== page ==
Handling a CC&R bully within your community association

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There’s an old saying that goes “good fences make good neighbors.” The philosophy behind that adage is that we can all get along better when we mind our own business. That might prove challenging when you are sharing common areas with other people such as in a condominium complex.
Not only will you be sharing parking areas and a courtyard but you also have to adhere to the same rules as everyone else within your little community. These rules are spelled out rather succinctly in the Covenants, Conditions and Restrictions otherwise known as the CC&Rs. It is the responsibility of every community association to develop their own CC&Rs before the first homeowner arrives (which means it must be done by the developer).
The goal with establishing the rules is to create the proverbial “level playing field” for all the owners and residents. Unfortunately, in some communities that level playing field is tilted by a CC&R bully. This is someone who takes adherence to the CC&Rs to extreme levels and can cause great disharmony among the neighbors. When these kinds of disturbances are created it will fall to the HOA to find a way to resolve the matter.
Stopping CC&R Trouble Before it Escalates
The most effective way to manage the community association is to keep the lines of communication open. A board that isolates themselves from their neighbors is just going to stir up unnecessary trouble. Keeping these lines of communications opens means being available to discuss any potential disputes that might arise. In other words, don’t wait for the monthly HOA meeting to settle a dispute if it can be handled quickly. The last thing you want to do is to have a situation that is allowed to fester among neighbors. This is where a CC&R bully could gain some traction as they try to assert enforcement over every rule in order the makeup for a slight infraction that has been asserted against them.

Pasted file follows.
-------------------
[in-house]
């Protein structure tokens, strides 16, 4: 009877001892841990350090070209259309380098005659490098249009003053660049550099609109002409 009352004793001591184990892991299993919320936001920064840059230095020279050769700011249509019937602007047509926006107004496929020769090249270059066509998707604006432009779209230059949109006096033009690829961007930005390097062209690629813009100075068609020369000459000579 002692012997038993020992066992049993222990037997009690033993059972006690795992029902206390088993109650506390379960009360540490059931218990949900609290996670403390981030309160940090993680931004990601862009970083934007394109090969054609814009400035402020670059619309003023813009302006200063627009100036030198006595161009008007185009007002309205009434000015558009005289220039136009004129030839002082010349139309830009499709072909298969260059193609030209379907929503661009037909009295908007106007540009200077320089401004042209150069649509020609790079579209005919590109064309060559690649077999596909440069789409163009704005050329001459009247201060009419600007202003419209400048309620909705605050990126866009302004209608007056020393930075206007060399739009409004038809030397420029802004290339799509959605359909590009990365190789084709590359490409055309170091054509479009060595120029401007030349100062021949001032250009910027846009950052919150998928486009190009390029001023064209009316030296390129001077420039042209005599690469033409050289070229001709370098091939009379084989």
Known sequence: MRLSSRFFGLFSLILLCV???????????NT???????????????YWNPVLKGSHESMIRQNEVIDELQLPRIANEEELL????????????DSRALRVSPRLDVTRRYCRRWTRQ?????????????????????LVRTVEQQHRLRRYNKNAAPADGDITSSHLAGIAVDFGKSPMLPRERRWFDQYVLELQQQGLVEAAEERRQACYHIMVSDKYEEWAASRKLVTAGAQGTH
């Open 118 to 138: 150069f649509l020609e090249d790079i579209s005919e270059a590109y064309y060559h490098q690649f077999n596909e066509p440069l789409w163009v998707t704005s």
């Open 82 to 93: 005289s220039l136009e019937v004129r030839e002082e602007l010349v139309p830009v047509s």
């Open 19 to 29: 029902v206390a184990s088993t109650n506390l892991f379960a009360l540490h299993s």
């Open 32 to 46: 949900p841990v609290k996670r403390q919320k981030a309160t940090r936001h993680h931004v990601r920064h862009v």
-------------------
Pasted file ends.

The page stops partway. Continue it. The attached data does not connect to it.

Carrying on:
Example:
Suppose there is a rule in the CC&Rs that prohibits any type of laundry to be hung on a balcony. This is a decent rule that would be a benefit for all the residents especially when it comes to the overall appearance of their complex.
However, in associations that are near a beach it’s a hard temptation not to throw a damp towel over the railing of a balcony for a few hours in the sun. Will an incident like that bring the world crashing down? Obviously not but a CC&R bully who might have been in a dispute over a parking space with that neighbor will want to bring the full wrath of the HOA down upon the towel hanger. If you have established that open door policy then all complaints should be brought directly to you as opposed to two neighbors starting a feud between themselves. If you can resolve the matter diplomatically before it escalates then you might be able to diffuse that bully’s antics.
The Need For CC&R Mediation
In extreme cases of dispute it might be necessary to bring in outside mediation. Often these matters go beyond minor infractions of the CC&Rs and instead deal with big issues like residents who aren’t homeowners that cause problems or major disputes with the HOA management practices. If guidelines for mediation have been set up in the CC&R then it should be the right of any homeowner to request such mediation. The benefit with this approach is that all sides have to agree to the outcome and not just on a handshake but in writing. If it is found that no infraction has occurred or that the actual regulation is vague then appropriate measures should be taken.
Hopefully no community dispute will go that far. In many cases even the most strident of CC&R bullies is often someone who just wants to be heard. If you can find a way to make them more inclusive and not so alienated then they just might become that ideal neighbor.
This article is provided by The Management Trust.

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